Wednesday, 27 June 2012

Anamnesis

At the chain restaurant (trussed up French), she told me
she hadn't prayed for months. I said I wasn't praying too.

Here's us then, happy that with our bit
of unhappiness revealed,
we're one person closer to a common custom.   

     no instructions or magic patterns to make
     that old old sort disappear

     no holy potion to make us throw
     our own darts into the nothing there
     all smiles

Only the empty glass of average wine,
and the impatience
of the waiters sensing an hour extending.

Nobody ever gets the wage they ought.


11 comments:

  1. Unless our deaths be the wages of sin and our sin thinking the sacrificial glass (holy potion) half average. Or else not even average by half.

    Disenchanted perhaps, yet a continual quest for communion.

    "At the chain restaurant (trussed up French)" -- stunning.

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  2. I'm very glad you liked that opening line, TC. The word "trussed" took some time to settle on. It felt a bit icky but it didn't want to go.

    There was some hesitation before posting this (or indeed any poems that deal so directly with matters of faith). What I've written here surprises and unnerves me but this was how it came. I can't disown it.

    I'm never wholly disenchanted (worse luck) but you're right, I am still on the look out for that real coming together. For now, I hang about the back of the Church like some surly teenager.

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  3. Thanks, Sandra. I'm very glad you do.

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  4. "we're one person closer to a common custom" -- amen.
    You may not find the muse you're seeking in the pews
    but the wage She finds you: "Here's us then..."
    We lift our glasses too.

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  5. Thoroughly enjoyed the "trussed up" and then the poem moving in and out of the colloquial seamlessly. Nobody's sorrow is the greatest.. and yet!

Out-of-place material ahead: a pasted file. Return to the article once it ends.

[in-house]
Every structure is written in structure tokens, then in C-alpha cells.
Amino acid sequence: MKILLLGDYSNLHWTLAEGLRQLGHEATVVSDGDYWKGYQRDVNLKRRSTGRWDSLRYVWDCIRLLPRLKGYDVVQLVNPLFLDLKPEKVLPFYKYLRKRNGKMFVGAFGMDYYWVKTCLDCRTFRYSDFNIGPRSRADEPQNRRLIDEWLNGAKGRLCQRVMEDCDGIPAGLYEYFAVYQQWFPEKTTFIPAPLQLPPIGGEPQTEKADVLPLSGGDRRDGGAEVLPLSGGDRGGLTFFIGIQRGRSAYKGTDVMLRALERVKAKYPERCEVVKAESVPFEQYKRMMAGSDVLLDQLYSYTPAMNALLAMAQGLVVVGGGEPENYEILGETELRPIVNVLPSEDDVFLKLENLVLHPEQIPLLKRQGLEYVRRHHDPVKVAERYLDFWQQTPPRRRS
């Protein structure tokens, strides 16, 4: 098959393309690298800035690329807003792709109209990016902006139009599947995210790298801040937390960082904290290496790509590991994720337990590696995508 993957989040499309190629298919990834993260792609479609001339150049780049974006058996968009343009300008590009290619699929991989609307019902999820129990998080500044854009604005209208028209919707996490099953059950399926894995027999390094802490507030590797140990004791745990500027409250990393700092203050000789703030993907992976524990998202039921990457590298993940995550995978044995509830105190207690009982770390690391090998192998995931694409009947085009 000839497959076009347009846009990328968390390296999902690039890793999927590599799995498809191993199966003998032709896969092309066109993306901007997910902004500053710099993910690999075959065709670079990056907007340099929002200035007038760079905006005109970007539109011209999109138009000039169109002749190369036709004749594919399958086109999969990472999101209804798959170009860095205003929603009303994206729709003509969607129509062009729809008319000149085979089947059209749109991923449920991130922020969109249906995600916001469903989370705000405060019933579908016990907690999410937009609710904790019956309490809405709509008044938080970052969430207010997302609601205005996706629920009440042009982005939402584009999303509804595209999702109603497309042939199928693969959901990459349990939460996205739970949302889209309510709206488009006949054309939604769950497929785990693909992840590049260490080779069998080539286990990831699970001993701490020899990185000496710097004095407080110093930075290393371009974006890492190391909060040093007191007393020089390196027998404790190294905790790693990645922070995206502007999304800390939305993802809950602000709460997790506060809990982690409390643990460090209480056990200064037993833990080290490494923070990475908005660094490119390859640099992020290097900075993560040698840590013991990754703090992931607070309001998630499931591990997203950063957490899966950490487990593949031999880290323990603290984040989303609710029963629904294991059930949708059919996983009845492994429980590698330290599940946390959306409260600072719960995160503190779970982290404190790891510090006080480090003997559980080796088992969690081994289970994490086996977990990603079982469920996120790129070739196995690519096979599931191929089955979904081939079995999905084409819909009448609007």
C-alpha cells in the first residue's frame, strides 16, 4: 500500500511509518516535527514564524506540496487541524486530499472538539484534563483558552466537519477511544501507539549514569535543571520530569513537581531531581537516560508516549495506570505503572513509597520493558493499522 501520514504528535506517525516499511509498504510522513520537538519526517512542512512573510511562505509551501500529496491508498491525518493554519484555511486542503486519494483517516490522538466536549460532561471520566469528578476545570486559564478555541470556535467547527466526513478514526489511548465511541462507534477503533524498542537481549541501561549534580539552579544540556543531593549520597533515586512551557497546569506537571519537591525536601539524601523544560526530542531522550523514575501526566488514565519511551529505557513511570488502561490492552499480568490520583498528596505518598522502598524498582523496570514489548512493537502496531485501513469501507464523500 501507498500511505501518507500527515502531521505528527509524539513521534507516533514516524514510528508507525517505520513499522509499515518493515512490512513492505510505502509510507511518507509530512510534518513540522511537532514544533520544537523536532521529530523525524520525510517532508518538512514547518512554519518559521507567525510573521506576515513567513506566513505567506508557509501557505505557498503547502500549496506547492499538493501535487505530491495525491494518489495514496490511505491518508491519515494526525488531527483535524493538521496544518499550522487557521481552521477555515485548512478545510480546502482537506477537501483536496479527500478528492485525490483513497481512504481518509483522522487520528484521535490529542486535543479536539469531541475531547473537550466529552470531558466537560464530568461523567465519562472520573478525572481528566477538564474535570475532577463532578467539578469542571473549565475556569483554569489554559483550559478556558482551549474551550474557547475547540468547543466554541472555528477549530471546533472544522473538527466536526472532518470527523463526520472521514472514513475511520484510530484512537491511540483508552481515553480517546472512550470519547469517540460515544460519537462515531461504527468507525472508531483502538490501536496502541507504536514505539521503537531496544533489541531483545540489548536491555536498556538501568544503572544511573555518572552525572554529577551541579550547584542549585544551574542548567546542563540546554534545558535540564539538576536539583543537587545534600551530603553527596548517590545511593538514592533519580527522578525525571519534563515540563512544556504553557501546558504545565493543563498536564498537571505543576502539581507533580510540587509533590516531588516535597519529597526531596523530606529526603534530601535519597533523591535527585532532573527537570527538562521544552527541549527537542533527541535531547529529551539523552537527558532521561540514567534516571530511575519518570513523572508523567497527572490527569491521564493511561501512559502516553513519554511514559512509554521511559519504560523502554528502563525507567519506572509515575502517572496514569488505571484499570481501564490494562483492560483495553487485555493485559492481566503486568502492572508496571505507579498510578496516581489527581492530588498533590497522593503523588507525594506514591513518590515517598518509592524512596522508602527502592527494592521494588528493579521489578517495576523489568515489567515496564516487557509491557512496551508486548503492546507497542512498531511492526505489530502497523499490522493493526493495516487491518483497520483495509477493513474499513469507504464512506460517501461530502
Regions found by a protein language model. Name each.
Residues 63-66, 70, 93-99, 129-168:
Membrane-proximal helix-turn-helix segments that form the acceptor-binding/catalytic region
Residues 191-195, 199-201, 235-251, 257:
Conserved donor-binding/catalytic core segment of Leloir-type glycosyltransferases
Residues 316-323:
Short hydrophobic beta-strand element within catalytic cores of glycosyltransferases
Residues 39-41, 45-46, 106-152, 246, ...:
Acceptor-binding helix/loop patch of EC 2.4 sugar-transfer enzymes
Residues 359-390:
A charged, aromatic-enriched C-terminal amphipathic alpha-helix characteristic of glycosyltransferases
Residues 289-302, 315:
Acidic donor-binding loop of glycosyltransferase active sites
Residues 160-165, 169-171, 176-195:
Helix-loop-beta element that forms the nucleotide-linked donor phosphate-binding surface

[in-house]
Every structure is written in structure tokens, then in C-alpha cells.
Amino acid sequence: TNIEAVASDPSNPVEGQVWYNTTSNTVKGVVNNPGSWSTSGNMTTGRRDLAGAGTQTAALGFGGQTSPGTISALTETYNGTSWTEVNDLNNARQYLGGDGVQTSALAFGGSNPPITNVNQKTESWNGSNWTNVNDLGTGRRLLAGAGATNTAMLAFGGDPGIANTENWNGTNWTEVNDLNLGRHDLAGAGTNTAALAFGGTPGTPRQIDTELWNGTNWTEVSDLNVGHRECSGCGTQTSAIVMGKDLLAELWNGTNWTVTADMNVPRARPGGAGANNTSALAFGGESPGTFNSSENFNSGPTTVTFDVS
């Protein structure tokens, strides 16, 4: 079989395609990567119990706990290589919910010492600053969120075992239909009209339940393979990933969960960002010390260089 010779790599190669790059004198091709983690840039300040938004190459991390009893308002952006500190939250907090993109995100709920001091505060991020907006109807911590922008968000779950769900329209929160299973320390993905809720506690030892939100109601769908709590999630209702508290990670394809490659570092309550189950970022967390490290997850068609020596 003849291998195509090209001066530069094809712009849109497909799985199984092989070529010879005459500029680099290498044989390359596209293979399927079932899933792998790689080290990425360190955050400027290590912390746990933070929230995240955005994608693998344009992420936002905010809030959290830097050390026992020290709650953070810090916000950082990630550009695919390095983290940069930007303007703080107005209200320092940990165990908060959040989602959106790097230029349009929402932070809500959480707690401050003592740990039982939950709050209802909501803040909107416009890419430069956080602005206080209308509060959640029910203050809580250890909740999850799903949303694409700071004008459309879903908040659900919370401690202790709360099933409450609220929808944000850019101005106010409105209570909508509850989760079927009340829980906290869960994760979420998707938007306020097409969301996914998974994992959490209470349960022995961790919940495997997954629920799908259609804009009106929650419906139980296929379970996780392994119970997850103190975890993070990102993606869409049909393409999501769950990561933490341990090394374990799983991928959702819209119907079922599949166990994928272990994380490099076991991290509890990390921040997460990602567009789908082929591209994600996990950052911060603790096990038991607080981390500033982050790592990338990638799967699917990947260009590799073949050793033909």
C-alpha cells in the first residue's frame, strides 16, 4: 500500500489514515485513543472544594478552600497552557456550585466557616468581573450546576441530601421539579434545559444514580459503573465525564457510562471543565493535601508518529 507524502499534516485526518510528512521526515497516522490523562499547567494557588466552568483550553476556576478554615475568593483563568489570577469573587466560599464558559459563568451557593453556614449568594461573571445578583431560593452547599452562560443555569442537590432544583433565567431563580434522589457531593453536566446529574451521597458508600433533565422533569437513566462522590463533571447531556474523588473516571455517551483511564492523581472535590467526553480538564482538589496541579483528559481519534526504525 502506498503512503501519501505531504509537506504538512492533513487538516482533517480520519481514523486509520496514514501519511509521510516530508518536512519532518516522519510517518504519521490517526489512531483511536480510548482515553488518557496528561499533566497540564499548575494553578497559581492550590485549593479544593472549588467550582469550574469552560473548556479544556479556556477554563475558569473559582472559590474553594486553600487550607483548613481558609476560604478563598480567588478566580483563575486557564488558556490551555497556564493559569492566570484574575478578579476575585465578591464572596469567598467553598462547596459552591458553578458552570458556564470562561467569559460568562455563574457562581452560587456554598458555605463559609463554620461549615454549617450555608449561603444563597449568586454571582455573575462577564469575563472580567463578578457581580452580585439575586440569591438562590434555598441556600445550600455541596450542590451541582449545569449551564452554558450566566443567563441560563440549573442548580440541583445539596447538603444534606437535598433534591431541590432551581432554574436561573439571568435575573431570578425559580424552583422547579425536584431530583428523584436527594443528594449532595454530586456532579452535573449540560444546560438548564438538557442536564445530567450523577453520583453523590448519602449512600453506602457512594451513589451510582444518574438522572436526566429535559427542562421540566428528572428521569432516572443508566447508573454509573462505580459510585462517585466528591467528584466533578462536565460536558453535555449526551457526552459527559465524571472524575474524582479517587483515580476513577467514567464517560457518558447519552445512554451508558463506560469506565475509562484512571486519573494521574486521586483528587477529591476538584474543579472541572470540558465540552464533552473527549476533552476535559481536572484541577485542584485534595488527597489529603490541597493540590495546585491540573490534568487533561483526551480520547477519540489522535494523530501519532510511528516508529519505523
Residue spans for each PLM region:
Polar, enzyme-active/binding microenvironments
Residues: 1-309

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  6. I'm very afraid of slipping into the poetry voice, as if meaning was something we traded in. Any grand words or phrases has best be there for a reason.

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  7. The grand majority of writers never stumble upon an interesting phrase no matter how many years they keep at it, more's the pity.

    However there is no call for even the most ascetic of writers to distrust a fine phrase especially when it establishes a tone that pervades the whole work.

    Chain restaurant in proximity to trussed up French brings curious associations.

    In France a long and cruel tradition among gourmands involved the capture, caging, binding, blinding and force-stuffing of a small and entirely innocuous bird, the Ortolan (Emberiza hortulana), which would at the end of this process be drowned in Armagnac, roasted whole and then consumed that way, bones and all in one bite while the diner draped his head with a linen napkin to preserve the precious aromas and, some believe, to hide from God.